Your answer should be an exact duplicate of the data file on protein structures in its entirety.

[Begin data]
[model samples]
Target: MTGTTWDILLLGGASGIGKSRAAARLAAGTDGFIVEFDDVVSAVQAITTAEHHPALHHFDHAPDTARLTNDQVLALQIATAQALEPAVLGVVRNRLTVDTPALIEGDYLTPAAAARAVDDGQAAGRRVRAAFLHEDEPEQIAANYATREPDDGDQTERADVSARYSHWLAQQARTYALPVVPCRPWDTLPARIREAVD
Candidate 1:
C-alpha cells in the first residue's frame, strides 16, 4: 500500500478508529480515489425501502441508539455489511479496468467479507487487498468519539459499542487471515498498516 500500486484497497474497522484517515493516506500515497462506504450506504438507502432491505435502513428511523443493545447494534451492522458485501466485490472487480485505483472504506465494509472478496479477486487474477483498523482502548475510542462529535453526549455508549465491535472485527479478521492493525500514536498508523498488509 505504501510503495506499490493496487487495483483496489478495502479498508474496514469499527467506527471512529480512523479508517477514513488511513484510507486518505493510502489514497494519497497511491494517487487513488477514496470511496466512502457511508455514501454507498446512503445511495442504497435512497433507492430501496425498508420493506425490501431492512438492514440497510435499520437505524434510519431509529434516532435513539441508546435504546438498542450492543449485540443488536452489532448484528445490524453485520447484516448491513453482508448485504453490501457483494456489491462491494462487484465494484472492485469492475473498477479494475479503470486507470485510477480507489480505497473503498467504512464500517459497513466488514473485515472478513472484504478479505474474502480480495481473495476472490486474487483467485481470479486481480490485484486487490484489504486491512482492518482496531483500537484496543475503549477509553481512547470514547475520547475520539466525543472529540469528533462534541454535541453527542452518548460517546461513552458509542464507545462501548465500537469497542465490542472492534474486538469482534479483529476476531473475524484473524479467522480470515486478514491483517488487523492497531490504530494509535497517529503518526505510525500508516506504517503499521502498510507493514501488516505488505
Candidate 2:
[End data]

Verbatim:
[model samples]
Target: MTGTTWDILLLGGASGIGKSRAAARLAAGTDGFIVEFDDVVSAVQAITTAEHHPALHHFDHAPDTARLTNDQVLALQIATAQALEPAVLGVVRNRLTVDTPALIEGDYLTPAAAARAVDDGQAAGRRVRAAFLHEDEPEQIAANYATREPDDGDQTERADVSARYSHWLAQQARTYALPVVPCRPWDTLPARIREAVD
Candidate 1:
C-alpha cells in the first residue's frame, strides 16, 4: 500500500478508529480515489425501502441508539455489511479496468467479507487487498468519539459499542487471515498498516 500500486484497497474497522484517515493516506500515497462506504450506504438507502432491505435502513428511523443493545447494534451492522458485501466485490472487480485505483472504506465494509472478496479477486487474477483498523482502548475510542462529535453526549455508549465491535472485527479478521492493525500514536498508523498488509 505504501510503495506499490493496487487495483483496489478495502479498508474496514469499527467506527471512529480512523479508517477514513488511513484510507486518505493510502489514497494519497497511491494517487487513488477514496470511496466512502457511508455514501454507498446512503445511495442504497435512497433507492430501496425498508420493506425490501431492512438492514440497510435499520437505524434510519431509529434516532435513539441508546435504546438498542450492543449485540443488536452489532448484528445490524453485520447484516448491513453482508448485504453490501457483494456489491462491494462487484465494484472492485469492475473498477479494475479503470486507470485510477480507489480505497473503498467504512464500517459497513466488514473485515472478513472484504478479505474474502480480495481473495476472490486474487483467485481470479486481480490485484486487490484489504486491512482492518482496531483500537484496543475503549477509553481512547470514547475520547475520539466525543472529540469528533462534541454535541453527542452518548460517546461513552458509542464507545462501548465500537469497542465490542472492534474486538469482534479483529476476531473475524484473524479467522480470515486478514491483517488487523492497531490504530494509535497517529503518526505510525500508516506504517503499521502498510507493514501488516505488505
Candidate 2: